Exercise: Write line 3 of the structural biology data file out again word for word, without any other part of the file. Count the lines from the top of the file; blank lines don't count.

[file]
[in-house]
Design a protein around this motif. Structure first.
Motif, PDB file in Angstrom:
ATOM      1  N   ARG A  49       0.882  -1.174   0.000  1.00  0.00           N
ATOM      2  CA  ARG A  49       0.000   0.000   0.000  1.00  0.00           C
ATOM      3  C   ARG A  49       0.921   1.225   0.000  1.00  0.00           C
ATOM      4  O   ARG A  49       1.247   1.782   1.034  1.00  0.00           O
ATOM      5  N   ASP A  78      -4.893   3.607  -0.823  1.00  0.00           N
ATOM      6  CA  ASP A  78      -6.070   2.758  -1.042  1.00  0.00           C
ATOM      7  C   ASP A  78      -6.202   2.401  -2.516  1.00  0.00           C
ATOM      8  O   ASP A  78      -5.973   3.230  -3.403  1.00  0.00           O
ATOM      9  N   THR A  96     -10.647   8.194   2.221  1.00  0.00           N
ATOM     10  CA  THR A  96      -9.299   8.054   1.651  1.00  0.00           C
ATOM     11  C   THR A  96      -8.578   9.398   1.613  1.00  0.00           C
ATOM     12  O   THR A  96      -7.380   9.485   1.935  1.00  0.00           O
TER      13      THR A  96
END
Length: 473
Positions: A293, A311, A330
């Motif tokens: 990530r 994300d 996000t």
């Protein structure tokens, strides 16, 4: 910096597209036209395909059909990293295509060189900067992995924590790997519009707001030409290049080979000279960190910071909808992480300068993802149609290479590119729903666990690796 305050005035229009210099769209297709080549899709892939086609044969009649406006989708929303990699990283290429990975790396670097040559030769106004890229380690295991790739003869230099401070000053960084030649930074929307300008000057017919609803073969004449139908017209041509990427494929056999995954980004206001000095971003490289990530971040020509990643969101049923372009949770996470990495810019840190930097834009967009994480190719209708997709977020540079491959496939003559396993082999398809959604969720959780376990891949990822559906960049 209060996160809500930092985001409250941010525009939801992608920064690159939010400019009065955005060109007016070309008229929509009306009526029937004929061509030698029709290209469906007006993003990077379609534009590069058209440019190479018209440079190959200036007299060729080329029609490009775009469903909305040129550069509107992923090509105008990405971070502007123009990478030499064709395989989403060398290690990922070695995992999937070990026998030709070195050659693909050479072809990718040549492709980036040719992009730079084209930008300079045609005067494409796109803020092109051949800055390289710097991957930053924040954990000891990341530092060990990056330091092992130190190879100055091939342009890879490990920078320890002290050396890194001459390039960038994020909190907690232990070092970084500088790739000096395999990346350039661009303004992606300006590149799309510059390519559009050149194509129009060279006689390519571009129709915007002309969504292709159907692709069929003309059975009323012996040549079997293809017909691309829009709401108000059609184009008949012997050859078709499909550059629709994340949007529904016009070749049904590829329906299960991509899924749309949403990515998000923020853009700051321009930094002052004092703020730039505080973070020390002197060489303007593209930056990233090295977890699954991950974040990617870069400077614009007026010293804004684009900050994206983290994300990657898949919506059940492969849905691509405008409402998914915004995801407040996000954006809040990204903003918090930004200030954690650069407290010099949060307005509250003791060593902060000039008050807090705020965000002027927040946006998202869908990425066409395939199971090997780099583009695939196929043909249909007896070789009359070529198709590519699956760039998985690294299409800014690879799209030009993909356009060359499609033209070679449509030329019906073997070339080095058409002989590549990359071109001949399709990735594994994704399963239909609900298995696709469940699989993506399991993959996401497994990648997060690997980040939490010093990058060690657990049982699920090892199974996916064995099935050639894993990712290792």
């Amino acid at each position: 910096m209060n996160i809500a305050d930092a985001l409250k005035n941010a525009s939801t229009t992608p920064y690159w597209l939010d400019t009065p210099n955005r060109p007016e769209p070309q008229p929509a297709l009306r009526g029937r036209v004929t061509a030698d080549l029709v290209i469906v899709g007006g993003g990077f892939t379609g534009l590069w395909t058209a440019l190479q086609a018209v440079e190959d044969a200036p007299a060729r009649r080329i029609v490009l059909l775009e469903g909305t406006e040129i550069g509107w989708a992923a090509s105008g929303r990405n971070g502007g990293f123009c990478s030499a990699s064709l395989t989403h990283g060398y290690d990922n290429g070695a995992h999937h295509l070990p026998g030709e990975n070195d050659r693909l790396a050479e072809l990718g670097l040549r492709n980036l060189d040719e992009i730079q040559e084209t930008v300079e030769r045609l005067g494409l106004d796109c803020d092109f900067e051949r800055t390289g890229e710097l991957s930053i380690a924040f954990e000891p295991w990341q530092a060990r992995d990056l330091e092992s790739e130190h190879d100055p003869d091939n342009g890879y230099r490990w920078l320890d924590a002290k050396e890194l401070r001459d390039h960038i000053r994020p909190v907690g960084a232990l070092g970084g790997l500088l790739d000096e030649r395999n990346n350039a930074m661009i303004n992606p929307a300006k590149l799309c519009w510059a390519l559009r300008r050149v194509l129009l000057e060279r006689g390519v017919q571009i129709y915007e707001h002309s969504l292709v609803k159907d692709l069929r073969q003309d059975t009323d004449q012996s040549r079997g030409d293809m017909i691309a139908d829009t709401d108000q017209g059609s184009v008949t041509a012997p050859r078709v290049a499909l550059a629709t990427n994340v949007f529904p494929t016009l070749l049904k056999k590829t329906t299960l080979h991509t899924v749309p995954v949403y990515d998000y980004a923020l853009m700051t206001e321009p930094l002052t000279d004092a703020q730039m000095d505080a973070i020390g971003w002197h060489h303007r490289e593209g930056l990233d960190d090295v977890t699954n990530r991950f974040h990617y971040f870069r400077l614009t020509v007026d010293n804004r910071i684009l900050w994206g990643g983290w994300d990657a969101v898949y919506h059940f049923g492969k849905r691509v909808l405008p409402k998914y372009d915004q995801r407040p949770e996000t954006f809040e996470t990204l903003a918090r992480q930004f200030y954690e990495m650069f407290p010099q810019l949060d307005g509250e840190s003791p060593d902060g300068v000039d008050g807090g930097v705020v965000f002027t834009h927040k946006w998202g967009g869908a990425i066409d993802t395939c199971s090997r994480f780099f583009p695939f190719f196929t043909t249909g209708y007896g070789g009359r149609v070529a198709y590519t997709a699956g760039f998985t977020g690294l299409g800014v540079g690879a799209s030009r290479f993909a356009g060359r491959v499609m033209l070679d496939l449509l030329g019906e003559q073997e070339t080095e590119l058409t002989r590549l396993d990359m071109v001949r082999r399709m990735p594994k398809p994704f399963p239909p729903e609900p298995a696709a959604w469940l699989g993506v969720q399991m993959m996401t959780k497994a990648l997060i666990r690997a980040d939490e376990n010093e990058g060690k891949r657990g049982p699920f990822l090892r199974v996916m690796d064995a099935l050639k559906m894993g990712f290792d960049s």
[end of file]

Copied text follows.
Motif, PDB file in Angstrom: